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The future of endoscopy is CMOS

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Within every industry the development of new technologies, to greatly expand the end-user’s capabilities and effectiveness, is at the heart of innovation. Seldom does an industry make the requisite technological advancements to revolutionize itself. But when it does occur, everybody from the manufacturer to the consumer exponentially benefits from the quantum increase in practicality, versatility and usability. The industry that arguably gains the most from such improvements is the medical industry. Innovations within medical space lead to a more noble and tangible benefits as they result in life-changing or even life-saving events 

Specifically, endoscopy is in the midst of a tectonic transition, where continuous innovation has led to instrumentations and methods of the past to be either vastly improved or to grow obsolete. For decades endoscopic technology has been based on rod lens, fiber or charge-coupled device (CCD) image sensors. The high price of CCC image sensors, coupled with advancements in complementary metal oxide semiconductor (CMOS) image sensors and wafer level optics technology enabling single-use devices, are two major factors in the changing of the status quo.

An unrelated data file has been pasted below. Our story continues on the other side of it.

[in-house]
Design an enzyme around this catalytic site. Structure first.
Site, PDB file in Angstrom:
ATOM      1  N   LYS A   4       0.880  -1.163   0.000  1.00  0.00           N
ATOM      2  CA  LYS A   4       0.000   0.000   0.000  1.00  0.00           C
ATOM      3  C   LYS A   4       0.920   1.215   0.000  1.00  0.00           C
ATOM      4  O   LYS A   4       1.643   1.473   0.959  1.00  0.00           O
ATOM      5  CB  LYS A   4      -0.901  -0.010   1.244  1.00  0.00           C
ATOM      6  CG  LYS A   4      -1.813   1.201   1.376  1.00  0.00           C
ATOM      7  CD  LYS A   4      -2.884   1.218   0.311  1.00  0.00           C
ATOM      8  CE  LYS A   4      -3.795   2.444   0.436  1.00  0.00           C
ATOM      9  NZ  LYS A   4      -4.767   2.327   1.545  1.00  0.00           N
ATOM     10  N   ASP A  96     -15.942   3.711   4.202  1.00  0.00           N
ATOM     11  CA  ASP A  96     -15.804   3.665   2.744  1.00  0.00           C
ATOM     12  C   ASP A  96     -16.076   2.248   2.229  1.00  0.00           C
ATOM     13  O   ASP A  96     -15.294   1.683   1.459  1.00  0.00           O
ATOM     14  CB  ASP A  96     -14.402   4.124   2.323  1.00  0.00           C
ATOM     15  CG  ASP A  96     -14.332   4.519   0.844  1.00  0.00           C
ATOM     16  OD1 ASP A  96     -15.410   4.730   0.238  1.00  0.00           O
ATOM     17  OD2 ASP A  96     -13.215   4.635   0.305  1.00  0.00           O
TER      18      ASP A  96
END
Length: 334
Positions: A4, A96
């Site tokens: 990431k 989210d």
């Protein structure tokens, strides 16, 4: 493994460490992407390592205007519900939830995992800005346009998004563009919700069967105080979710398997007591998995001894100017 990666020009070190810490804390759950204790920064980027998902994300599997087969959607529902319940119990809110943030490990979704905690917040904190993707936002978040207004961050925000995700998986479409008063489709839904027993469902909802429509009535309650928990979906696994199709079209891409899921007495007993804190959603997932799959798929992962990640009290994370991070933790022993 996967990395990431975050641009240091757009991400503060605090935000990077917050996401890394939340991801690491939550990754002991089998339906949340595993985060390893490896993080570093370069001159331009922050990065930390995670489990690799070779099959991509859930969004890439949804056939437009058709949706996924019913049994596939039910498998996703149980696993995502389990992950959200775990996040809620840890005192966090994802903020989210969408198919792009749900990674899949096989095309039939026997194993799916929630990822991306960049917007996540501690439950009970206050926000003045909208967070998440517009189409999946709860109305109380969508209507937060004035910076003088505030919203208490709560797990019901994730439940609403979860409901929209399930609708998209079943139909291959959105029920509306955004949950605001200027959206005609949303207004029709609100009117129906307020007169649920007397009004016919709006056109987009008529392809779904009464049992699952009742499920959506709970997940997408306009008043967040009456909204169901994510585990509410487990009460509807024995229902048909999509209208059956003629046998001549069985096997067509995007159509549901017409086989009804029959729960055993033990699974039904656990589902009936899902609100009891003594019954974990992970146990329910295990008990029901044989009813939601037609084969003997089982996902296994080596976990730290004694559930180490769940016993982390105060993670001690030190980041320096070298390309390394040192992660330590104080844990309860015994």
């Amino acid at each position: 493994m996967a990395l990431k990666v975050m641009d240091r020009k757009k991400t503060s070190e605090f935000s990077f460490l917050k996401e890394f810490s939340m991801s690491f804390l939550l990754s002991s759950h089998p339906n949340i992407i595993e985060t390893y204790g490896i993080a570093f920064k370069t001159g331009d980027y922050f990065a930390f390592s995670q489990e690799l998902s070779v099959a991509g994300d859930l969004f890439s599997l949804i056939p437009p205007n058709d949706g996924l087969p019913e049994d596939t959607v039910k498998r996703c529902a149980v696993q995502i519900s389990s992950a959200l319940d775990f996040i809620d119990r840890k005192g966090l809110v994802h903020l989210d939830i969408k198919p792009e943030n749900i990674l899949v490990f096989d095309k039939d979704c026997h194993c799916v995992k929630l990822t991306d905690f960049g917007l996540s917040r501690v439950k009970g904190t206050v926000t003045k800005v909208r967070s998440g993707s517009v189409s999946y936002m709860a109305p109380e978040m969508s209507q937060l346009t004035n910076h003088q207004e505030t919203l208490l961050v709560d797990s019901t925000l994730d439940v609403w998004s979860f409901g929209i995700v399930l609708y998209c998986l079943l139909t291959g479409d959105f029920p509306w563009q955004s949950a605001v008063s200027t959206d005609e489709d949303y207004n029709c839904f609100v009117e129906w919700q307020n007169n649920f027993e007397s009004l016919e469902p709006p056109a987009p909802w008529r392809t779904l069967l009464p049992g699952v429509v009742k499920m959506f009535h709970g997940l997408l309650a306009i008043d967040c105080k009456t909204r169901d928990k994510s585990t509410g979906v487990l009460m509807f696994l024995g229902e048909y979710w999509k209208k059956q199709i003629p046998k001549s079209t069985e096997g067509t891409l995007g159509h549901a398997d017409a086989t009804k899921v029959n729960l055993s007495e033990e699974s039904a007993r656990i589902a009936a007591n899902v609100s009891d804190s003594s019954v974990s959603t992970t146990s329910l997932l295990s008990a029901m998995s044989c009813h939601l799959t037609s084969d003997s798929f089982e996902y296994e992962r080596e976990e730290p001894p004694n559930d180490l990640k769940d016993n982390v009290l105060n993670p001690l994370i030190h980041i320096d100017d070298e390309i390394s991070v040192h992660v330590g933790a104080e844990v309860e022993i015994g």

As the advancements in medical science expand, so does the frequency and applicability of endoscopic procedures. While once predominantly used within the gastrointestinal field, endoscopic instruments are now used to diagnose and treat issues within the brain, eyes, ear/nose/throat (ENT), spine, heart, urinary tract, and more. These procedures require entry through smaller openings, no bigger than 3 mm, which is impractile to achieve with CCD-based endoscopes. 

CMOS image sensors have become the best solution for endoscopy. CMOS is not a new technology, however some medical device companies are unfamiliar with it, due to their reliance on older CCD methods. CMOS manufactures like OMNIVISION, are able to leverage a well-established, reliable semiconductor manufacturing process that has been tested and proven across varied market segments.

Alongside the proven track record, CMOS technology just simply outperforms older more-outmoded CCD systems, boasting safer single use options, a more compact design at 1/5th the size of traditional CCD, cooler distal tip operating temperatures, due to low power consumption and highly advanced technologies like Nyxel, global shutter, HDR, 4-Cell and backside illumination (BSI). This all enables high 60 fps for blur-free imaging, better dynamic range to visualize dark and bright areas clearly and crisper images due to less pixel noise.

Making the switch from the traditional CCD and converting to CMOS only requires retrofitting the imaging system. Given that many CCD suppliers are exiting the market, the availability of CCD sensors will become scarce over the coming years. The optimal time to make the transition to CMOS is now when there is some availability of legacy CCD image sensors and a full portfolio of medical CMOS image sensors to choose from. The entire tower will not require replacement, whereas the camera control unit and endoscope will need to be swapped out.